There is none without a balance in spending (not proposed), thus the taxpayers must make up the shortfall.

You can argue about how the property taxes are just being delayed to be collected on a later date, but let us look at reality here. How many years will it take to make up the difference? Once the difference is made up how much revenue will it create?

Although the idea is to create more long-term revenue for the city, the council’s proposal doesn’t include a refund to the taxpayers who made up the difference during the time the taxes were not collected; it just becomes new money for the council to spend.

So how do we create real solutions that benefit the whole city? The recent city development proposals have been either antiquated and borrowed or unrealistic and borrowed or a suspected campaign payoff.

There have been ideas from allowing apartments in the upstairs of downtown buildings to putting “The Jetson’s” cable cars in the streets.

Although these ideas have some weight and merit of their own, which I don’t intend to debate here, NONE of the ideas promote growth or new businesses development.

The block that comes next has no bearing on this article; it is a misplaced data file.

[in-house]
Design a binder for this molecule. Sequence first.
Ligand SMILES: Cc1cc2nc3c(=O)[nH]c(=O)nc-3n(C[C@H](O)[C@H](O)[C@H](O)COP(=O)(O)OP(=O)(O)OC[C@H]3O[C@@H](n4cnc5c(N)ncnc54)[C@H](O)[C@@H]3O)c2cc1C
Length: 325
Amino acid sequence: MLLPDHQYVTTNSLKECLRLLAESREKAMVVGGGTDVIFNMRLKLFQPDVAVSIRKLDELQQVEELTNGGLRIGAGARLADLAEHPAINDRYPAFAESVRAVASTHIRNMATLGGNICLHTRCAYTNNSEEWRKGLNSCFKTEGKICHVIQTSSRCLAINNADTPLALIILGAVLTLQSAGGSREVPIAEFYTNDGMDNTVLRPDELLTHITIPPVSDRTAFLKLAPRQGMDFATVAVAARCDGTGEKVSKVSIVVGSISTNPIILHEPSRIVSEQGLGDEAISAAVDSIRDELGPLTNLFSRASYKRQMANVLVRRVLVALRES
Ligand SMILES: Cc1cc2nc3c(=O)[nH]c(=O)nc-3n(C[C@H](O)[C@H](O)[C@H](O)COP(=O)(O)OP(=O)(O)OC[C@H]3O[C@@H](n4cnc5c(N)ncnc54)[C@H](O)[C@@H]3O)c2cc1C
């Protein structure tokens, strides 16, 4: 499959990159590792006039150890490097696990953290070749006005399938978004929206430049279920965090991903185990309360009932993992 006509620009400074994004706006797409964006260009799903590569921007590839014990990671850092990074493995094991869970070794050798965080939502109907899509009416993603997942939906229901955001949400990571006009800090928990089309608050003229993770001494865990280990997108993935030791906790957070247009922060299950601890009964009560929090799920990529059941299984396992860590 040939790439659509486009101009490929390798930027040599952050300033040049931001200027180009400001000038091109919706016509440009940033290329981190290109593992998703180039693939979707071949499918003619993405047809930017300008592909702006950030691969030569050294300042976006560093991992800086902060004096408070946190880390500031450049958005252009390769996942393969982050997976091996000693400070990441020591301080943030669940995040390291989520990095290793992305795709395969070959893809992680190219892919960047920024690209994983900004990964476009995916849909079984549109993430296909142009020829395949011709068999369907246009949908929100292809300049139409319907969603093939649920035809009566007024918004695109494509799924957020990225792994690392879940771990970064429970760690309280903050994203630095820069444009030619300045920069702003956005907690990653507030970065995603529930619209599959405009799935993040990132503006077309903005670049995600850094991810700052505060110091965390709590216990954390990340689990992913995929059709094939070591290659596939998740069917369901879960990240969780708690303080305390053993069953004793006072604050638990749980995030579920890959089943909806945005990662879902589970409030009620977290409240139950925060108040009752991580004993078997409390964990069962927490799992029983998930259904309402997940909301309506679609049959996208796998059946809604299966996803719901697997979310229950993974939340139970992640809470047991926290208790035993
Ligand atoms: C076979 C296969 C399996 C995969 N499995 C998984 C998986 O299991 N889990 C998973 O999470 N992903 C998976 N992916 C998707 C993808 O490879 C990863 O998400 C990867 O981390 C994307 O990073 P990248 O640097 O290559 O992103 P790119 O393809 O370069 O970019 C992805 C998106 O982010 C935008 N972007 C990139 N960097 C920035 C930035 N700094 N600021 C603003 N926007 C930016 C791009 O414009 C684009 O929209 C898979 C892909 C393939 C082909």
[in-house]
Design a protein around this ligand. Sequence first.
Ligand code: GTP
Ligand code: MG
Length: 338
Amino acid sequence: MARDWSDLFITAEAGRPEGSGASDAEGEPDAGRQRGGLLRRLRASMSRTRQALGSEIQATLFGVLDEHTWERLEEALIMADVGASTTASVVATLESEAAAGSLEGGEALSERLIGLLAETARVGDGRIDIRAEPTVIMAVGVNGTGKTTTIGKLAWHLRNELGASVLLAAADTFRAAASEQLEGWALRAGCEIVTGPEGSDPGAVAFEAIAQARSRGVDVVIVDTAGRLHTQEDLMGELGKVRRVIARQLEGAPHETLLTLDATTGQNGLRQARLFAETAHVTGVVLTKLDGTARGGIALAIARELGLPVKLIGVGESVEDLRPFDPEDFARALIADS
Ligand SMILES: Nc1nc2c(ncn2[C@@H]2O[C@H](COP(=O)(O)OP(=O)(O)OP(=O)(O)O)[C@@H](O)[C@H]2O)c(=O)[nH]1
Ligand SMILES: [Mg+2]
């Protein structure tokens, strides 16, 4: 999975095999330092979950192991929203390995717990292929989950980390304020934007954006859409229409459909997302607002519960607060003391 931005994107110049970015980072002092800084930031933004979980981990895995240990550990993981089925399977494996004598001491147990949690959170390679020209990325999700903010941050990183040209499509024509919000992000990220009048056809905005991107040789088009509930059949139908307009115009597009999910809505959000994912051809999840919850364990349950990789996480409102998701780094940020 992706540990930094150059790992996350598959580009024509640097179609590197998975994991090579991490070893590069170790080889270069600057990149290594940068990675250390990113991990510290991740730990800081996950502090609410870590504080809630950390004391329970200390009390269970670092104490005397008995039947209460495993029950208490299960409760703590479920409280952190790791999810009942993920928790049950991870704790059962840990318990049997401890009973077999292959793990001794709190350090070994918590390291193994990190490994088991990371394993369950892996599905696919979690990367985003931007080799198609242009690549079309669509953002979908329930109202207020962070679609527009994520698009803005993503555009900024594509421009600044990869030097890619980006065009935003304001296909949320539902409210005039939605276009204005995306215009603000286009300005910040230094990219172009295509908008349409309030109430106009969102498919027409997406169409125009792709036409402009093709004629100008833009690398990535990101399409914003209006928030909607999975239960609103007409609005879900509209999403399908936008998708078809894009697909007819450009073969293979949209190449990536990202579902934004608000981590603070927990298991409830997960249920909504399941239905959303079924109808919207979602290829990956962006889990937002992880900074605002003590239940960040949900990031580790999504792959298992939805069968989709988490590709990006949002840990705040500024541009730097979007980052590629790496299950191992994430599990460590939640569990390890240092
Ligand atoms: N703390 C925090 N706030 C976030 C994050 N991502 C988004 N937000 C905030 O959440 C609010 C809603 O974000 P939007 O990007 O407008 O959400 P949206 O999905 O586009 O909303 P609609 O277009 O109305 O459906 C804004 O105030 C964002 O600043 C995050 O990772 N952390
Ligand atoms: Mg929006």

If the idea is to promote growth, then let’s promote real growth. If the idea is to have a cleaner, neater, more efficient city, then let’s do this.

The problem here is that there is no real discernible direction for our city, no leader who has a vision, thus no plan for growth or stability.

Our property values have fallen and continue to fall. The schools are fighting and keeping secrets. Ethnic groups are fighting. And everyone is getting older while our youth are leaving.

So since they can’t come up with a real working solution, here are some ideas to get them going.

Pick a direction. Growth vs. development vs. structure — whichever way, just pick one.

I personally moved to Fayetteville from Roswell to get away from the growth and at the rate the city has been downsizing, structure is out of the picture. So how about development?

Either way, let’s pick a direction instead of throwing darts at the wall and hoping to hit something. In the words of Robert Frost, “Before I built a wall I’d ask to know, what was I walling in or walling out.”

Why not start through collaboration? Why can’t local businessmen/women come together to allow for public input so that we work together and work smarter?

If anyone has gone to a city council meeting they know how futile it is to discuss an agenda item there. For one, they only give limited, non-transparent information about the proposals and if you question the proposal then you are spoken down to and given no straight answers while the mayor makes jokes.